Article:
For more about professional help for depression please click here.
For more about the types of therapy click here.
Often when we are depressed, we bottle things up, not wanting to ‘burden’ other people with our difficulties. We might put on a front to other people that everything is okay. We will be able to keep this front up for so long but eventually, if the problems continue, this is likely to put more strain on us and add to our problems. By talking to others, you might be able to see a way through your difficulties or get some help and support. If you cannot talk to your friends or family for any reason then it still might be useful to talk to someone who is not involved in your everyday life, such as a counsellor.
You may find that there are local self-help groups in your area. These groups provide a useful means of discussing your problems with other people. Sometimes knowing that you are not alone and feeling understood by others can help you feel better about yourself. Groups may contain people who have been feeling as bad as you but are now beginning to feel better. This can help you recognise that there is light at the end of the tunnel. These groups often have speakers and can provide further information to help you with your depression.
Look after yourself
When we are depressed, we tend to criticise ourselves. We tell ourselves off for being down and say that we should ‘pull ourselves together’. One of the ways we can help ourselves when we are down is to show some care and concern for ourselves. Accept that we are where we are and that we are having a tough time.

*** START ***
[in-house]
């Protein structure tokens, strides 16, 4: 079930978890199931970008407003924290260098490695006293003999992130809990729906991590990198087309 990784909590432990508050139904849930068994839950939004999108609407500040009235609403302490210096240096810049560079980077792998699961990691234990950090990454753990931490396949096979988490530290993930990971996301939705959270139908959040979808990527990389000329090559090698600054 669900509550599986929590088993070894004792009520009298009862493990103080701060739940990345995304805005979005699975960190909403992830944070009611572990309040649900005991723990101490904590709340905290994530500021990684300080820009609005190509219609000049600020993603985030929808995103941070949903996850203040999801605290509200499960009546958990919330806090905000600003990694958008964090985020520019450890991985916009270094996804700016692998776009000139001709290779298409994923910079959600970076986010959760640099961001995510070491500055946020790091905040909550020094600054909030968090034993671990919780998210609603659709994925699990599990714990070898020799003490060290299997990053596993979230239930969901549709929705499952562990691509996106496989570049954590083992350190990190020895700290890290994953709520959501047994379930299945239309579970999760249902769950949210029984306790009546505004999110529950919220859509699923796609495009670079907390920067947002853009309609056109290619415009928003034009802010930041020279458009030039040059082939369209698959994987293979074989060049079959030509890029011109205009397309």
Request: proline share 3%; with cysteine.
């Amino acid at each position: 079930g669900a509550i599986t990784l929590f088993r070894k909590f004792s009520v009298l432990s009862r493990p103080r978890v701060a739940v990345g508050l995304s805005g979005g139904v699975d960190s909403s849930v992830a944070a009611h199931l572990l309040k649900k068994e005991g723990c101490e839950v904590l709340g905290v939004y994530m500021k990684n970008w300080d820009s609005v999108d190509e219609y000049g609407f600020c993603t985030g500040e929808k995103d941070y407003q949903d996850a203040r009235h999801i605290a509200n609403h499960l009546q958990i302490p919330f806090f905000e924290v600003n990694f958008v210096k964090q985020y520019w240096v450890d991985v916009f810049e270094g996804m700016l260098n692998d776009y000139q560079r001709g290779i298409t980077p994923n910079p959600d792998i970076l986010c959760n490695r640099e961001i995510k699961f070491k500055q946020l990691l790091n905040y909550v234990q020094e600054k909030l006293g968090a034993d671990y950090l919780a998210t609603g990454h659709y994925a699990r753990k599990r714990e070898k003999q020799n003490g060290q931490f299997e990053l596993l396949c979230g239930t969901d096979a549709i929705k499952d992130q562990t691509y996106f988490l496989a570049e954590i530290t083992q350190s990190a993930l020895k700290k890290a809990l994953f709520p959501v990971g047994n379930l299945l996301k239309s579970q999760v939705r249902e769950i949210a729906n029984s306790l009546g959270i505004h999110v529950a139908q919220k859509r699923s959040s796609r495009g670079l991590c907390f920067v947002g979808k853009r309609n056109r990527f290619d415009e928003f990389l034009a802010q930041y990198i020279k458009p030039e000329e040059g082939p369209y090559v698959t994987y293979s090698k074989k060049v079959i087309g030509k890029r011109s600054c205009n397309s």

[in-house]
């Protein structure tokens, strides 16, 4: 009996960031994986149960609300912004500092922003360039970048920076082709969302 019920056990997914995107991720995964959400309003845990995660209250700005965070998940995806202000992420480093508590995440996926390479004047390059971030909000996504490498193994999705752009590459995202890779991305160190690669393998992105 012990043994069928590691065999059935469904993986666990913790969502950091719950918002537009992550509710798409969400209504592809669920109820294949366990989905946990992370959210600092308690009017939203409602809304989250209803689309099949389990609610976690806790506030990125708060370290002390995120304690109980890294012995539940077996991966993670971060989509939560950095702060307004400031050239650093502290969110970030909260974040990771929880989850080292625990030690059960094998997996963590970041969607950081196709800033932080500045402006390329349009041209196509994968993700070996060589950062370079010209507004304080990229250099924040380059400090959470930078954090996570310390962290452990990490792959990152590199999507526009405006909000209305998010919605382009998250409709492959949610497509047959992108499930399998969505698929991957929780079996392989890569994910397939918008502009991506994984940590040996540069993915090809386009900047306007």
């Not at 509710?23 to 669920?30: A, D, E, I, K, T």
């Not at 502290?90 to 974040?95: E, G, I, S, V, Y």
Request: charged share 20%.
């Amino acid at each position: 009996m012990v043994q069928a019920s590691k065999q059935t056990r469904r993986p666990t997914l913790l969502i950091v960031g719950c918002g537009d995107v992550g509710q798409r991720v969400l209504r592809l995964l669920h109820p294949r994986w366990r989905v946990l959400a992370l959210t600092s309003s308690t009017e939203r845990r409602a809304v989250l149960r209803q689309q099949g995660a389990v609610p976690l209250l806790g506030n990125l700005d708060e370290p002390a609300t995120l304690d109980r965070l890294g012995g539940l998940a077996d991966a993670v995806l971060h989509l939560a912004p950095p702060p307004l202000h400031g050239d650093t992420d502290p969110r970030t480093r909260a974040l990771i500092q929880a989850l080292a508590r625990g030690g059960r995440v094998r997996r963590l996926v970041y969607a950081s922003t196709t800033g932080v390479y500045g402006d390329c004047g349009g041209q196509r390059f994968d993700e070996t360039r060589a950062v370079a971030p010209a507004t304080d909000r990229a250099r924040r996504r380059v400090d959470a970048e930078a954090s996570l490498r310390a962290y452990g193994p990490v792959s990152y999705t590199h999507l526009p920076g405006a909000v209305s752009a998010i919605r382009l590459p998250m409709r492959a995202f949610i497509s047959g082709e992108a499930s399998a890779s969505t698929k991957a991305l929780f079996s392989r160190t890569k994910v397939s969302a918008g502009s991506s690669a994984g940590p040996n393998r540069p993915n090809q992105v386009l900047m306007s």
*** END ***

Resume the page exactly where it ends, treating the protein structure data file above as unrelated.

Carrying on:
Exercise, meditation and relaxation can ease depressive symptoms. A particular type of meditation called mindfulness can be effective for helping people with depression. Mindfulness encourages focus on the thoughts and sensations of the present moment, rather than reliving past experiences or worrying about the future. The emphasis on openness and reflection, coupled with slow and deep breathing, can be useful for those who are depressed.
There is good evidence that exercise can help– some studies have shown that it is at least as effective as psychotherapy or medication at treating the symptoms of depression. Exercise immediately increases serotonin and endorphin levels, which make you feel happier. Ideally, you should aim for 50 minutes of exercise 3-5 times a week.
St John’s Wort
St John’s Wort is used extensively in Europe to treat mild to moderate depression. A US study, however, suggests that it is no more effective than a placebo in treating major depression. It may be effective for mild to moderate depression, but it may react with other medication, such as SNRI antidepressants. We advise you to seek advice from your GP before using this remedy.
Further help on depression
We hope you have found this information useful, please also see: